While some families feel able to seek help and know who to approach, others feel more hesitant or don’t know what support is available to them.
In Folkestone, where there’s a large population of Gurkha families, AFF has enlisted a local volunteer. Amanda Bridges speaks to spouses and soldiers at social functions to encourage them to engage with welfare support. She says: “I’ve helped them to overcome barriers and empowered parents to make informed decisions about their children’s education – seeking support with SEND, for example. What would really help these families is having access to interpreters and information in their first language.”
Bringing families together
Local welfare events that bring the community together can be a great boost to morale. Emma Jones had a great experience in Wimbish, she says: “There was a seamless link between the HIVE, welfare, SSAFA committee and amazing volunteers from the patch. There were coffee mornings, Christmas markets, Halloween parties as well as family tea at the cookhouse. Everyone looked out for each other and mucked in.”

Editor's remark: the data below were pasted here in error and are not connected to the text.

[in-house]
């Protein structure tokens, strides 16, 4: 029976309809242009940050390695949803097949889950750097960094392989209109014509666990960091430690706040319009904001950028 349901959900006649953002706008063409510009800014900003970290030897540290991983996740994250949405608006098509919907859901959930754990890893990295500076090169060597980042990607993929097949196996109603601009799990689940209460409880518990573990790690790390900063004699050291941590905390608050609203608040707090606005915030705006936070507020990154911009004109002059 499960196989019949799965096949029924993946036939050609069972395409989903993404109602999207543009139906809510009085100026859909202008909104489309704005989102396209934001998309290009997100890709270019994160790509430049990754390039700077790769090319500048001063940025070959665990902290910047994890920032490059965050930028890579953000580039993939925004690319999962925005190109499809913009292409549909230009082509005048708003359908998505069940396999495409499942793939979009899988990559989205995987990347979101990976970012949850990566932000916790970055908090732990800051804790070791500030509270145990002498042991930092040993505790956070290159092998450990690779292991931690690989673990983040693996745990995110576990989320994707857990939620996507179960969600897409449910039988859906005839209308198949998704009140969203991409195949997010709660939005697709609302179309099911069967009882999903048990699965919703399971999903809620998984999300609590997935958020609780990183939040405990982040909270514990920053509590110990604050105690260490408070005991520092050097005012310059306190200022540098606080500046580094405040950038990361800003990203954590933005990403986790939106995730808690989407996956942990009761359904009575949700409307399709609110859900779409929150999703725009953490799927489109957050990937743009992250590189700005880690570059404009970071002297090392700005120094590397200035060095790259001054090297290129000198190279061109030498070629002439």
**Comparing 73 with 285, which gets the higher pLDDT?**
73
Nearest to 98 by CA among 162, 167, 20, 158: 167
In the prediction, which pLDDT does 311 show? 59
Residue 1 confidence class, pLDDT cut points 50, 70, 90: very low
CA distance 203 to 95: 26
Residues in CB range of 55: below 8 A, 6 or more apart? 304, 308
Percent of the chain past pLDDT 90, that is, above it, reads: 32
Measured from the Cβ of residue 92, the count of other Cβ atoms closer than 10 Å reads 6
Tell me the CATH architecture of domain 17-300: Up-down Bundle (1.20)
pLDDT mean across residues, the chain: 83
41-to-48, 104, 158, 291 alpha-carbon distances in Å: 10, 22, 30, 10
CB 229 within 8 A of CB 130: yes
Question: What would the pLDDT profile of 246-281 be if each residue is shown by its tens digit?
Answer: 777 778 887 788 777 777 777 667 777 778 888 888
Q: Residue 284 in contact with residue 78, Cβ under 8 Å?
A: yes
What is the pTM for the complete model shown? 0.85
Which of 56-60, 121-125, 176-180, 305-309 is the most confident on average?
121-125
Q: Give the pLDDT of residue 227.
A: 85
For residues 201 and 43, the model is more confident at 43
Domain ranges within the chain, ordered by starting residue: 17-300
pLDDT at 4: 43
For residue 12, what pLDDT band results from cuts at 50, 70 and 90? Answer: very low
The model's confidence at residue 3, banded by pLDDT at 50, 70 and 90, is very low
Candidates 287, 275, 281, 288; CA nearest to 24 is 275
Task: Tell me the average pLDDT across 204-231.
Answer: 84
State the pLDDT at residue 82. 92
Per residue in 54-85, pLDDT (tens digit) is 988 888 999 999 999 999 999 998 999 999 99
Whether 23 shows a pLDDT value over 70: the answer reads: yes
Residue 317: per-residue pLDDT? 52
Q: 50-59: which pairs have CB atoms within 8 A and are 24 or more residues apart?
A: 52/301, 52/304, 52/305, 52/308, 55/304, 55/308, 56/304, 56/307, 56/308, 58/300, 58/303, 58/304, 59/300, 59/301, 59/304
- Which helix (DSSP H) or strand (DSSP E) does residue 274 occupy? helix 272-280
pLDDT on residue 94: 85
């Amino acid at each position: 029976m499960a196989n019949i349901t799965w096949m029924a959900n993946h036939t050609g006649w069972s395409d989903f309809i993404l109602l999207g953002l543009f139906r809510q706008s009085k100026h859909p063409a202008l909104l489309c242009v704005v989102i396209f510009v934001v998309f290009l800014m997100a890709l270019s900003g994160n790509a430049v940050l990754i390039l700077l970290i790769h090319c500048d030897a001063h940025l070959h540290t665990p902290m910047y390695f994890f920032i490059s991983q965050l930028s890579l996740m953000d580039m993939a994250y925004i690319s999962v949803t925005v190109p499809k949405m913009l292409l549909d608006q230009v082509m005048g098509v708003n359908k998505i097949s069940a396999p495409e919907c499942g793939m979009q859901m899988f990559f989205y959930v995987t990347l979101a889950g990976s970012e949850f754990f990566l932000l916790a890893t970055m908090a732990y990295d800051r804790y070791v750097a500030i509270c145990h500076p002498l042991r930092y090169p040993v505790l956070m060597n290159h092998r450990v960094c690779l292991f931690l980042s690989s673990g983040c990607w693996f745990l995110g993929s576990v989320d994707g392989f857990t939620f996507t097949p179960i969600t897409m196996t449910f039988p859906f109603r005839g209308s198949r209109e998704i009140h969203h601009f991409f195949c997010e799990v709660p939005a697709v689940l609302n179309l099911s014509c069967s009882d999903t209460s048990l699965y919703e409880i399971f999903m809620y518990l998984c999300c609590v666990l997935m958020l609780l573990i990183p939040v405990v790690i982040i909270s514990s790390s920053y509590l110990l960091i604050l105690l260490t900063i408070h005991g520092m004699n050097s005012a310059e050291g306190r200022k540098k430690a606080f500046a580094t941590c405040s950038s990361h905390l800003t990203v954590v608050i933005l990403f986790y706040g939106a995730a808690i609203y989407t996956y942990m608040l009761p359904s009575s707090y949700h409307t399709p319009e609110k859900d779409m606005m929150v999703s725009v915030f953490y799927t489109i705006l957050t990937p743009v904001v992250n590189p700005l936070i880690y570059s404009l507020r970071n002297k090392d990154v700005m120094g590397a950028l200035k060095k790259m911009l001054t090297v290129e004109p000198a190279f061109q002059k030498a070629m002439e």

However, the AFF survey highlighted the demand for more inclusive events for spouses who work full-time or don’t have children and for teenagers.
Over the summer, the South West Community Support team worked with a group of young people to support their transition to secondary school.
This started virtually, via Zoom sessions, addressing anxieties around COVID-19 and making new friends.
The programme then moved on to socially distanced outdoor activities providing an opportunity to build positive relationships.
Although there’s a comprehensive welfare package in place, the army recognises that there’s always room for improvement. AFF sits on the army’s welfare working groups to feed in your evidence. Welfare provision has been reviewed 27 times since 1975 but has not changed significantly.
Lt Col Will Robinson from the Personnel Policy Branch explains the need to update the offer: “Our service families play a very important role in supporting our personnel and so ensuring that the support we provide them is fit for purpose and meets their increasingly diverse needs is key.